Finally, the trance was broken. I screamed in terror, cringed back, but after only a few steps, I stumbled over my feet and crashed to the floor.

The phone clattered away, its flashlight illuminating the ceiling above me.

There was another one of these things, another fleshy blob stuck to the ceiling. This one, however, was much, much bigger. It, too, was moving, similarly heaving and stretching. And inside of it, there were other things, things that twitch, trying to make their way outside. But they were so much bigger than cats.

For a second, I couldn’t move, could only stare at the surreal sight above me in stunned horror.

Then, the blob burst open and another of the tentacles slithered outward. No, not just outward, toward me.

In an instant, I was back on my feet, then at the door and finally outside.

I was back inside my apartment mere moments later.

I was shaking and out of it. What the fuck had I just seen? This couldn’t be real, this couldn’t-

I saw something moving out of the corner of my eye. Something was staring at me, and when I darted around, I saw glowing eyes from inside my wardrobe.

With a scream, and ready to beat whatever was in there, I tore it open.

I didn’t understand what I was seeing. Right there, huddled under a stack of clothing, was Simba.

“How the hell are you here? You were just outside, so…”

My voice trailed off when the smell hit me. He’d soiled himself.

Yet he made no intention of moving. Instead, he just stared at me with wide, anxious eyes, trying to push himself deeper under the clothes. Slowly, ever so slowly, afraid to see his body contort and change, I reached out my hand. At first, he hissed at me, but then he began smelling my fingers as usual.

I didn’t understand. If he was here, then the one I’d followed must’ve been a… fake?

I thought about all those strays, about the orange tabby, and what I’d just seen inside those disgusting blob-like things. Oh dear god, don’t tell me all those strays…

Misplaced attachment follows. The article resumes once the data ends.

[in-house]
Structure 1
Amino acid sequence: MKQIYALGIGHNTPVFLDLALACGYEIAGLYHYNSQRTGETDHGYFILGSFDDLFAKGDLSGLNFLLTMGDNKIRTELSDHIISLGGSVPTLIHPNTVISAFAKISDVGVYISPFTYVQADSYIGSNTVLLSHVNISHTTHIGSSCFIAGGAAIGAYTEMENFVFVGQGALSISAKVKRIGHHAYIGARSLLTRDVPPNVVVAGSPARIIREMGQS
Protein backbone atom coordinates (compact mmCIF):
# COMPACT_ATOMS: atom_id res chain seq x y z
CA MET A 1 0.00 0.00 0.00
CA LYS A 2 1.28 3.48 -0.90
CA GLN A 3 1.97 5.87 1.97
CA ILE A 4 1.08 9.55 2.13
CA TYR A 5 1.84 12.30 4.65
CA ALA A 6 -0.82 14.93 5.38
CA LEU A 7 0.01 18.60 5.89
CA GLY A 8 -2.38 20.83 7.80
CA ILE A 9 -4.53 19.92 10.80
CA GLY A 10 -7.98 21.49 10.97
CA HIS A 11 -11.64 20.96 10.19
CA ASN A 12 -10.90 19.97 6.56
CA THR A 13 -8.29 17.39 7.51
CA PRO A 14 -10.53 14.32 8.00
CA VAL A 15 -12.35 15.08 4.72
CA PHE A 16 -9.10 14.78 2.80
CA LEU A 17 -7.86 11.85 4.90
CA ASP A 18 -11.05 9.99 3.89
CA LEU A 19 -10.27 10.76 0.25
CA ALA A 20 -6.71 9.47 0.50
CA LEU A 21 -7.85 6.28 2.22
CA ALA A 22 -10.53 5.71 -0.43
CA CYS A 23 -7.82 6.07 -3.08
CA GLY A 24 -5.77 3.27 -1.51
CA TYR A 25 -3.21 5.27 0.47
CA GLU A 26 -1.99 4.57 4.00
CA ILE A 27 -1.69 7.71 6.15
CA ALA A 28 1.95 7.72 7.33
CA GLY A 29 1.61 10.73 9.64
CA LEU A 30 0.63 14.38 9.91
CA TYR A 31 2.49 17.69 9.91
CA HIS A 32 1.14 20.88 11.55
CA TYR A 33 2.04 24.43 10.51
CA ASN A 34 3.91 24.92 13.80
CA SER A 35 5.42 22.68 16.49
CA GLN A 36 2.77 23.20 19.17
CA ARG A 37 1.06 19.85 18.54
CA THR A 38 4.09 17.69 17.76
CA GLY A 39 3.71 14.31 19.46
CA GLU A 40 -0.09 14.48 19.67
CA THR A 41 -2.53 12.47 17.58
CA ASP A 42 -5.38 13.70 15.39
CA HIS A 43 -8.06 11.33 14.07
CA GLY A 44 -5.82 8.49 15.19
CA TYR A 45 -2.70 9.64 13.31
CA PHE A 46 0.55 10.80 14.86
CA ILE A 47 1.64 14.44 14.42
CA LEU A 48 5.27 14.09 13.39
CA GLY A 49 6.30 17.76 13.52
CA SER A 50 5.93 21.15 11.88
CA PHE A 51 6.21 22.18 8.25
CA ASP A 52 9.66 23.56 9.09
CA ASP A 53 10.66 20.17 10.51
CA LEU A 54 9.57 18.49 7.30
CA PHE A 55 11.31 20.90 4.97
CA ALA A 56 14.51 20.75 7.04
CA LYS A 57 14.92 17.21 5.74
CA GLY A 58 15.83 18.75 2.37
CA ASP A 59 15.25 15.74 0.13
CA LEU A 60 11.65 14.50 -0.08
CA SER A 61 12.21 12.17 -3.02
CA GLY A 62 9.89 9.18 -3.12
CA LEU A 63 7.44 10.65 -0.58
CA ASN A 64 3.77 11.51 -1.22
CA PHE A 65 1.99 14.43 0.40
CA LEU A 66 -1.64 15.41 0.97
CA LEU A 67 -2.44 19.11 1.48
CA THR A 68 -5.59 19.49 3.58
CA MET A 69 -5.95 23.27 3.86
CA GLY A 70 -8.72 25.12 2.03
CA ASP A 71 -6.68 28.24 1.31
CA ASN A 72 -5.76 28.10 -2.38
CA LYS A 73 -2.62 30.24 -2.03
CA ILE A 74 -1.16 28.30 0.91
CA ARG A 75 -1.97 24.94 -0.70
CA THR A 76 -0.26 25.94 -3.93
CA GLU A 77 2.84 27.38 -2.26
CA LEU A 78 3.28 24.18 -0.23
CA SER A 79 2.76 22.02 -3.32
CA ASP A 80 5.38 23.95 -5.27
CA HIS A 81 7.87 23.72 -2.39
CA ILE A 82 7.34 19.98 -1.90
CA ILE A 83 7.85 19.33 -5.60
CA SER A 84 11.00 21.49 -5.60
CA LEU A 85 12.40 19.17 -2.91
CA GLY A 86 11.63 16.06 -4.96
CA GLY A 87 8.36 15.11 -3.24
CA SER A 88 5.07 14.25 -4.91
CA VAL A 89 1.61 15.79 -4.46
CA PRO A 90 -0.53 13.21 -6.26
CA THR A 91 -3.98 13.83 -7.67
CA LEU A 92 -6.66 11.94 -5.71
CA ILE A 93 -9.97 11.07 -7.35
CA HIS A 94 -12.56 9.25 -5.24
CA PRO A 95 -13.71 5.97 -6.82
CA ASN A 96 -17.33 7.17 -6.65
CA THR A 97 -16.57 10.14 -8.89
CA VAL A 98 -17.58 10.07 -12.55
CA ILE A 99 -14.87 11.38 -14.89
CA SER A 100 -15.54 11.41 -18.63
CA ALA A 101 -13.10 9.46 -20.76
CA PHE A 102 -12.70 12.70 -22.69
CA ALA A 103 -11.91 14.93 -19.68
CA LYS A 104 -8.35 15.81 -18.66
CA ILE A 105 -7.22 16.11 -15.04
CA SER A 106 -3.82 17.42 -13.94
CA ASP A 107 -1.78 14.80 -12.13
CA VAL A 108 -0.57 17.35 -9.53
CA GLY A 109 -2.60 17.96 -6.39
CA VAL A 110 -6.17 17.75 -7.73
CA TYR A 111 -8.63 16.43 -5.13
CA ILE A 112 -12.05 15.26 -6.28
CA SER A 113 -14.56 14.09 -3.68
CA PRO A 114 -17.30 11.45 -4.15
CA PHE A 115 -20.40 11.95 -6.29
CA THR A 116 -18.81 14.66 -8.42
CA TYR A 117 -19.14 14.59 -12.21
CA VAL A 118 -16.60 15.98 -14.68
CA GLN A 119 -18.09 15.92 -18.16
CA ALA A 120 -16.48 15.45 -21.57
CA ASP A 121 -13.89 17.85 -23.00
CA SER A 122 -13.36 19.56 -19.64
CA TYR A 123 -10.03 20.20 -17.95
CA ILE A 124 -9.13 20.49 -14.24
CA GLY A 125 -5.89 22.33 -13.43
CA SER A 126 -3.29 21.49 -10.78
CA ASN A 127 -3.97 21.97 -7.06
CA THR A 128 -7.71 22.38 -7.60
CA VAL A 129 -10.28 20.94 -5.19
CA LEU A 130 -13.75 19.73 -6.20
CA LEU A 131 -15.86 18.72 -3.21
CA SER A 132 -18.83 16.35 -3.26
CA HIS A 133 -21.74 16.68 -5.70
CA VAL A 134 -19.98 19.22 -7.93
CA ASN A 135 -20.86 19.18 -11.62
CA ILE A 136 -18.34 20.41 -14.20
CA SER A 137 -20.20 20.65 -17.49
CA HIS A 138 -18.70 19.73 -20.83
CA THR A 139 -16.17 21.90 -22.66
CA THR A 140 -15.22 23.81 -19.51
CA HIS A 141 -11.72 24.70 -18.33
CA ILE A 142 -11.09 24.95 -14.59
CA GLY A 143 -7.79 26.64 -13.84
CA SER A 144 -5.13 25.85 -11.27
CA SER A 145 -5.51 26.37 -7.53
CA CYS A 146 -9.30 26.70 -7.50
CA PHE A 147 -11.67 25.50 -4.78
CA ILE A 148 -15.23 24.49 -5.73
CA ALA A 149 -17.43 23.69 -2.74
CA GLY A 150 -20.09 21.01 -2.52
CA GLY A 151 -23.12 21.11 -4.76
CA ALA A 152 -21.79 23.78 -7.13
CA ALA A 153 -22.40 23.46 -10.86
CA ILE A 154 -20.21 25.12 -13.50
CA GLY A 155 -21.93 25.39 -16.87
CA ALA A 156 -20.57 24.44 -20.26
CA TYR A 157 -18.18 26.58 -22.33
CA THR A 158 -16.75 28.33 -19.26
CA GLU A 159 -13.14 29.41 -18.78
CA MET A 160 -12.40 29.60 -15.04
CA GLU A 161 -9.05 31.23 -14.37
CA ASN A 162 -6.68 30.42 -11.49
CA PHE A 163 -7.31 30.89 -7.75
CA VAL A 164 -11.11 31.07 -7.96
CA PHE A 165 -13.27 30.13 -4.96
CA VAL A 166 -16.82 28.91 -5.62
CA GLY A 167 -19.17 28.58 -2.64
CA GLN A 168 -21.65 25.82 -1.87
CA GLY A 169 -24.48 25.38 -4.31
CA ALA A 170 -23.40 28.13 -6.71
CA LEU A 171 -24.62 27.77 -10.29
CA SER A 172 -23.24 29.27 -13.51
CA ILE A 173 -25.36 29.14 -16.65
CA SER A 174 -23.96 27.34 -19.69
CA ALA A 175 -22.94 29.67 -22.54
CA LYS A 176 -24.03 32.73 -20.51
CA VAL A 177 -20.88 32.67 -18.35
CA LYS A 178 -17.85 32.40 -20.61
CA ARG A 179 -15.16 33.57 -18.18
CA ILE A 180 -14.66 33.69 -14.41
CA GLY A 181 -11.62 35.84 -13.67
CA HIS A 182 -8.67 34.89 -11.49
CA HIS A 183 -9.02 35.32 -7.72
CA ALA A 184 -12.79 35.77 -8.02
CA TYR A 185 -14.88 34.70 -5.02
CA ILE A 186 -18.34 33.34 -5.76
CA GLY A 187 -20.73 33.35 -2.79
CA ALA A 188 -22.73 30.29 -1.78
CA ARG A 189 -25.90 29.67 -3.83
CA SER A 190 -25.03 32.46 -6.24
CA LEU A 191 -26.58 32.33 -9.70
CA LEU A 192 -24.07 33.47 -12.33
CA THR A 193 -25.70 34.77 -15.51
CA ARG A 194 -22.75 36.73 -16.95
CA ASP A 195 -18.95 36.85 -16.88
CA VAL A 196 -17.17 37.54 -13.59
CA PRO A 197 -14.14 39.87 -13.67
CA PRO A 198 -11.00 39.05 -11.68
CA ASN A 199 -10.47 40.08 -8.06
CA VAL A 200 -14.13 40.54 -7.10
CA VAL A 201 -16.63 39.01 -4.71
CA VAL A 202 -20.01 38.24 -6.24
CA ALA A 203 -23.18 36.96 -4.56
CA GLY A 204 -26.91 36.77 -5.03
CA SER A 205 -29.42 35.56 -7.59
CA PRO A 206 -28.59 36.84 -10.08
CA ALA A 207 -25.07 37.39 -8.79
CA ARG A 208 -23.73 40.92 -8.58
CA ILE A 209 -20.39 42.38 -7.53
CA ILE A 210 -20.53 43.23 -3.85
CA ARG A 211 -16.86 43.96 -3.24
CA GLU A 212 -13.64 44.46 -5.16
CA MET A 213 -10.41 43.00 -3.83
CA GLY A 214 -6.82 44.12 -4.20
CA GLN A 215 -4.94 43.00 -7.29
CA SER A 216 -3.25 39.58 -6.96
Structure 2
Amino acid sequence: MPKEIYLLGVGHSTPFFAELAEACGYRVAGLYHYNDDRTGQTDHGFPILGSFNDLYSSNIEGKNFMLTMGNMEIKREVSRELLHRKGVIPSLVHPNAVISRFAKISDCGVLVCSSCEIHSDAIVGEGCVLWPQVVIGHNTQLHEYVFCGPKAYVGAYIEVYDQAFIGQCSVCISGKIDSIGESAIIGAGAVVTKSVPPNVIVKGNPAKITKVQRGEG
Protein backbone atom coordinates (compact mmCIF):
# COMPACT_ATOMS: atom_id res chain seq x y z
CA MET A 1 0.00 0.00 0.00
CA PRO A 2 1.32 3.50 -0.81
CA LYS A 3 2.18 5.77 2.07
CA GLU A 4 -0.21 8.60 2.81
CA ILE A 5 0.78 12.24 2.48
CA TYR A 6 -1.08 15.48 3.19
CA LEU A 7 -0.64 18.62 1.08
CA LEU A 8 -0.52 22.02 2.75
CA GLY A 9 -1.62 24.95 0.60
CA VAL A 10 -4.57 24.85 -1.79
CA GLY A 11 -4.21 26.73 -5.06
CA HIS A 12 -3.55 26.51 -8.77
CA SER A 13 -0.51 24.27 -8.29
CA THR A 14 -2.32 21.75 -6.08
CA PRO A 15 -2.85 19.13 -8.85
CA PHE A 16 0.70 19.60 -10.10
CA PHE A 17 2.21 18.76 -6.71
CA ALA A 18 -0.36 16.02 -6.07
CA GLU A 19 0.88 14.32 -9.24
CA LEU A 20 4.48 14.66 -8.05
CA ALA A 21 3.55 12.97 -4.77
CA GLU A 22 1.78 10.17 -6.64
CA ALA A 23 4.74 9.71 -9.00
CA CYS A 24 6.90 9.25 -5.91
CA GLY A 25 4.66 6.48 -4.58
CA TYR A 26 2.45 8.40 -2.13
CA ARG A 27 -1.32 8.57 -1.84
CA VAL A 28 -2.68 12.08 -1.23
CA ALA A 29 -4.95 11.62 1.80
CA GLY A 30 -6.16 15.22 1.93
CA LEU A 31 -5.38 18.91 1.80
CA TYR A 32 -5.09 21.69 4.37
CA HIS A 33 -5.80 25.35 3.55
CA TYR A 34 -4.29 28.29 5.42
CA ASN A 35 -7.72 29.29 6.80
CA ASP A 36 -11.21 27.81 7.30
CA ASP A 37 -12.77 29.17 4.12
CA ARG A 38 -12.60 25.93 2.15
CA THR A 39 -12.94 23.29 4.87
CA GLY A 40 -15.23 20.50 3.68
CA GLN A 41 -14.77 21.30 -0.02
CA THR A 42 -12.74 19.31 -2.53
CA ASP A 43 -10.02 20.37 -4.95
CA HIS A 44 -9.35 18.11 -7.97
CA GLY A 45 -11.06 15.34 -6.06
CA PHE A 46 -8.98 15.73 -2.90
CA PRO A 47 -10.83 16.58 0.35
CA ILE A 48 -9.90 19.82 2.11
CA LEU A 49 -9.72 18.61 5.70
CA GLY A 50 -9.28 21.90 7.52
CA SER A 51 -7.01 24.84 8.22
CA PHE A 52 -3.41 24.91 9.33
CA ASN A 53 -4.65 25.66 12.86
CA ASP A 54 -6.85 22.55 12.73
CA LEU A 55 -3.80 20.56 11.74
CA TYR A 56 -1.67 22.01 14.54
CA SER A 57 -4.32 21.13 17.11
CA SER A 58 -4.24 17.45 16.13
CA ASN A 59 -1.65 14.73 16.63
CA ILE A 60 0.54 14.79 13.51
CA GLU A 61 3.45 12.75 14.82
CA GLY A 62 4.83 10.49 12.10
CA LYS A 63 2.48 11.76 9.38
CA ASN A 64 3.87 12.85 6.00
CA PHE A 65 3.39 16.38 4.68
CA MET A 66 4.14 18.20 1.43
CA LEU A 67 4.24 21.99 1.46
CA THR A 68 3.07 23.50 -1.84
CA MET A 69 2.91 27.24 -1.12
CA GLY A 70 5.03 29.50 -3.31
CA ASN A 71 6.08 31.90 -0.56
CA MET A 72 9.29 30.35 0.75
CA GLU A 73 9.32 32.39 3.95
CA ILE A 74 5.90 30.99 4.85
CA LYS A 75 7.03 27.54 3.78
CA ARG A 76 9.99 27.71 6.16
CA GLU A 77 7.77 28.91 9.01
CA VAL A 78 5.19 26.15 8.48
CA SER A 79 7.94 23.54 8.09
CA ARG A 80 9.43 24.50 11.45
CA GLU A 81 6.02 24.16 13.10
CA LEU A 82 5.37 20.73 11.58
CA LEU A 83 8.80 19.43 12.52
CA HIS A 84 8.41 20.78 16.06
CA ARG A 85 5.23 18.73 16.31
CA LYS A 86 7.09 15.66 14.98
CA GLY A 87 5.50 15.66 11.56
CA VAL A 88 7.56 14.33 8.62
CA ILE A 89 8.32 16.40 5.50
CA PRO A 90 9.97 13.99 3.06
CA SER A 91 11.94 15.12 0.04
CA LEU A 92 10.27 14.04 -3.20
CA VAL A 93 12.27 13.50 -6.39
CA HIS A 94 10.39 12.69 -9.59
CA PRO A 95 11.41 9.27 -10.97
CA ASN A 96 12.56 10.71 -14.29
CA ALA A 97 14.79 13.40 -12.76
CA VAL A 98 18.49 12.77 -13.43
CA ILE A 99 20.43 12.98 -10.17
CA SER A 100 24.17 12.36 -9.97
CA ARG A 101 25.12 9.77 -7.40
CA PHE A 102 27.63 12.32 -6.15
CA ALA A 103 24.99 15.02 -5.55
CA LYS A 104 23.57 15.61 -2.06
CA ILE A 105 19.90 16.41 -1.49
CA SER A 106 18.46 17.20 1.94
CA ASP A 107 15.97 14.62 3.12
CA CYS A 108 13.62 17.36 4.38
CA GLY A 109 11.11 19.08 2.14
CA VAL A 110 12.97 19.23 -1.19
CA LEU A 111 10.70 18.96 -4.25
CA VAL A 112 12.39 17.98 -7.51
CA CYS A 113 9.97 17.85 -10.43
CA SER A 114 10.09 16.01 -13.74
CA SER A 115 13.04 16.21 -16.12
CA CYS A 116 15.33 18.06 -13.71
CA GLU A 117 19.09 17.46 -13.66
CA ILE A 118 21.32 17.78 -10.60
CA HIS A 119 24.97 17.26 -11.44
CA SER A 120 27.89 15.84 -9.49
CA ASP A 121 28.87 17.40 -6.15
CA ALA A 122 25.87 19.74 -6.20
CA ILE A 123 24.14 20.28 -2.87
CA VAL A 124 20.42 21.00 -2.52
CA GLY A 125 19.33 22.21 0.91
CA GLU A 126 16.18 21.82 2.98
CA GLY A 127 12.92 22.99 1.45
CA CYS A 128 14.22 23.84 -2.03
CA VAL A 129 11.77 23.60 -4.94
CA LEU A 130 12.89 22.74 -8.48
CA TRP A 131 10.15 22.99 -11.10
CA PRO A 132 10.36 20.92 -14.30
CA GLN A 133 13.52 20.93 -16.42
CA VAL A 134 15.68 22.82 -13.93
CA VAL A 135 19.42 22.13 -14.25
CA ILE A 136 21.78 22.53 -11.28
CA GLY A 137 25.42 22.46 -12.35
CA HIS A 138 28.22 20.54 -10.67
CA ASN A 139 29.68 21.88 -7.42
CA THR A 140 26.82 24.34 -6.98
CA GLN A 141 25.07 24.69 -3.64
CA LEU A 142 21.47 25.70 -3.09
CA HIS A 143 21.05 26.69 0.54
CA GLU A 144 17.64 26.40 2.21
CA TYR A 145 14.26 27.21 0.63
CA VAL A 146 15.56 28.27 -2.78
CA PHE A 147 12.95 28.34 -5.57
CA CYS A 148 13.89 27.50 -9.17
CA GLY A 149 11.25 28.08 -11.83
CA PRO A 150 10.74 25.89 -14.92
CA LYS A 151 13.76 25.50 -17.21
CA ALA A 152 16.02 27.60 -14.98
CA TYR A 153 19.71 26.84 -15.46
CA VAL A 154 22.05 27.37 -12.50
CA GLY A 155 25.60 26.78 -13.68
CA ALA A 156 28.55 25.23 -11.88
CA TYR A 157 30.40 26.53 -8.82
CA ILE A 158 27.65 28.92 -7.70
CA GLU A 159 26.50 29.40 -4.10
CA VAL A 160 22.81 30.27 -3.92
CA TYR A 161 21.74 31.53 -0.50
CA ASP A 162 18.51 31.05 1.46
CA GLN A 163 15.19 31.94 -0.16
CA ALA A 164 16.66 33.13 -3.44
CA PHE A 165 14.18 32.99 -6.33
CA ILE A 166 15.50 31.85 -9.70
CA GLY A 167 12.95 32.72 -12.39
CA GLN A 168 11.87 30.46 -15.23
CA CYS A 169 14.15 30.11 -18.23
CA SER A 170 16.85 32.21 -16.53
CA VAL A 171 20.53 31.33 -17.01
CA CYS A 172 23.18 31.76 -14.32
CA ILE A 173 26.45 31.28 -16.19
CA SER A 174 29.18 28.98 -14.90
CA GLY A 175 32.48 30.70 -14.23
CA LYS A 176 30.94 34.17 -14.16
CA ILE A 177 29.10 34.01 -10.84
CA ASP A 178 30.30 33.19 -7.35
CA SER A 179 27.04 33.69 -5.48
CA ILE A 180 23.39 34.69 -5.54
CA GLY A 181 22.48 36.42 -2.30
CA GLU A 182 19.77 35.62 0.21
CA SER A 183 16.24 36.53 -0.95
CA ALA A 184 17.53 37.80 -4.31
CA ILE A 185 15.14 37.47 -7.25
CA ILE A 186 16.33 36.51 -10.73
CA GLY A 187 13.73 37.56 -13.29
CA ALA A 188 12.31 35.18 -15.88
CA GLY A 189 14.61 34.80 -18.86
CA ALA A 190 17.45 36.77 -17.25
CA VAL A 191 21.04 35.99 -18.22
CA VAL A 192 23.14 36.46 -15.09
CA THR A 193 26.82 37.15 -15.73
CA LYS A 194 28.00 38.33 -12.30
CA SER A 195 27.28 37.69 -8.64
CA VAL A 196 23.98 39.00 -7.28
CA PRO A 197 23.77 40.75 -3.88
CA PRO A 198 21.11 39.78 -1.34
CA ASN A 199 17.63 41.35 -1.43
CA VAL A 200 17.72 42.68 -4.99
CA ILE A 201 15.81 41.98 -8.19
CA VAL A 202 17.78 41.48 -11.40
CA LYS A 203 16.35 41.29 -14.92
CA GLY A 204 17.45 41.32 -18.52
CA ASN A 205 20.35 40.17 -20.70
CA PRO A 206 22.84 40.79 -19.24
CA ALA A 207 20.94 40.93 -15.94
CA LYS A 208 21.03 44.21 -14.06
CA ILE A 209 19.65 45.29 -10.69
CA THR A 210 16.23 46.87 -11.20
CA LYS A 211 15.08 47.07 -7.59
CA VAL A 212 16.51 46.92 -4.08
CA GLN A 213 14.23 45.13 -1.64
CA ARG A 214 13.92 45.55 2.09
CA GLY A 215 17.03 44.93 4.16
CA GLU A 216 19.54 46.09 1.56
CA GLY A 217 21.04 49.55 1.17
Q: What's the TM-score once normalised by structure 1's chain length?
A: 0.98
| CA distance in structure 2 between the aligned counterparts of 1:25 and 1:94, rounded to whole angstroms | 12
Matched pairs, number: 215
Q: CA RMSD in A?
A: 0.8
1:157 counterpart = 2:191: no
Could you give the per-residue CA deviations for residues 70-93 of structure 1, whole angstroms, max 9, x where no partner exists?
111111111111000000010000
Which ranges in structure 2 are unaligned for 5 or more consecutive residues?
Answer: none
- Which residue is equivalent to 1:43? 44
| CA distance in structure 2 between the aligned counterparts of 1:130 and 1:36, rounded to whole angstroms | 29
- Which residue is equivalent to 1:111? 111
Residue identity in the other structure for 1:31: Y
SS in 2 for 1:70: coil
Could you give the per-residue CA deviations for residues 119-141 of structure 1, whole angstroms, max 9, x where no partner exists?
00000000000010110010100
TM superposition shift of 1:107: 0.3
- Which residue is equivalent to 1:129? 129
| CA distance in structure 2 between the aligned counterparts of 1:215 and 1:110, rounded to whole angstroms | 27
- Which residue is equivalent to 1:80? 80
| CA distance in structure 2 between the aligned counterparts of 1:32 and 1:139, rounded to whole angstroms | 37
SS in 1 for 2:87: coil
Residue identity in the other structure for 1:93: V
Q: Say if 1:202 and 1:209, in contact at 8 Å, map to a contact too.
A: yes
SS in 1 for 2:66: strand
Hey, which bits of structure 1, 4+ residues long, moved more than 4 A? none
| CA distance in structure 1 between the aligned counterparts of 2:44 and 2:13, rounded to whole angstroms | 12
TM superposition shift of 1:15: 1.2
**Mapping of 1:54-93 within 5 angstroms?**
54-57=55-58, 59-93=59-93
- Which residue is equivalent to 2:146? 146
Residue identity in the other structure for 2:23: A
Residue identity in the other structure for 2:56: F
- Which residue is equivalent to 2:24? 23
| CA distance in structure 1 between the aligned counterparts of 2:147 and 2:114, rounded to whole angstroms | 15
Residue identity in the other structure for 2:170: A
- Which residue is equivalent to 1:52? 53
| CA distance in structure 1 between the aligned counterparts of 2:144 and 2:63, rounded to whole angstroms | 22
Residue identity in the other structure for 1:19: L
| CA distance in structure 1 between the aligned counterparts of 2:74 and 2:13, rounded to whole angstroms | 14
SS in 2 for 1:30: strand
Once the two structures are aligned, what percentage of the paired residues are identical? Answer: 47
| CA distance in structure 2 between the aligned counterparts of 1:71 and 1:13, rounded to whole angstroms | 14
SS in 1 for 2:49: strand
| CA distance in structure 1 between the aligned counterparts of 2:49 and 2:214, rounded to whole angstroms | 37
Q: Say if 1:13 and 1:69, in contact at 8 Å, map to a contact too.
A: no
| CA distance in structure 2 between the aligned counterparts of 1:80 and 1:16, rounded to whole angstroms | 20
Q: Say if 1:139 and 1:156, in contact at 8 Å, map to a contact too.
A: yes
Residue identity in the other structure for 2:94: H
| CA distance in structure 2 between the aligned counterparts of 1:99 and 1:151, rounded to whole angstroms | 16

With weak legs, I stumbled towards my balcony to check just how many of the things were out there.

The moment I pulled aside the curtain, however, I found myself face to face with Simba.

I jerked around, but saw he was still inside the wardrobe, still hidden under my clothes, his eyes trained on the imposter outside.

Another one, it was another fake Simba.

“You… Get the fuck away!” I screamed at the thing through the balcony door.

Yet it didn’t leave. Instead, it approached the door, pushing itself against it, letting out a meow as if to beg me to let him come inside.

At that moment, I realized it. This thing had been with me all day. It had been the one sitting on my lap while Simba was hiding inside the wardrobe. The trick had worked. Its fucking trick had worked!

Suddenly, I grew angry, and in an instant, I tore open the balcony door to stomp whatever this thing was.

When my foot came down hard on its body, it burst open and I saw an assortment of disgusting tentacles slithered out from it. Right away, they reached out for my shoe, trying to get a hold of it.

Screaming, I stomped on the thing again and again. Finally, when I thought it was dead, when it was nothing but a disgusting puddle of reddish goo, I slumped to the ground.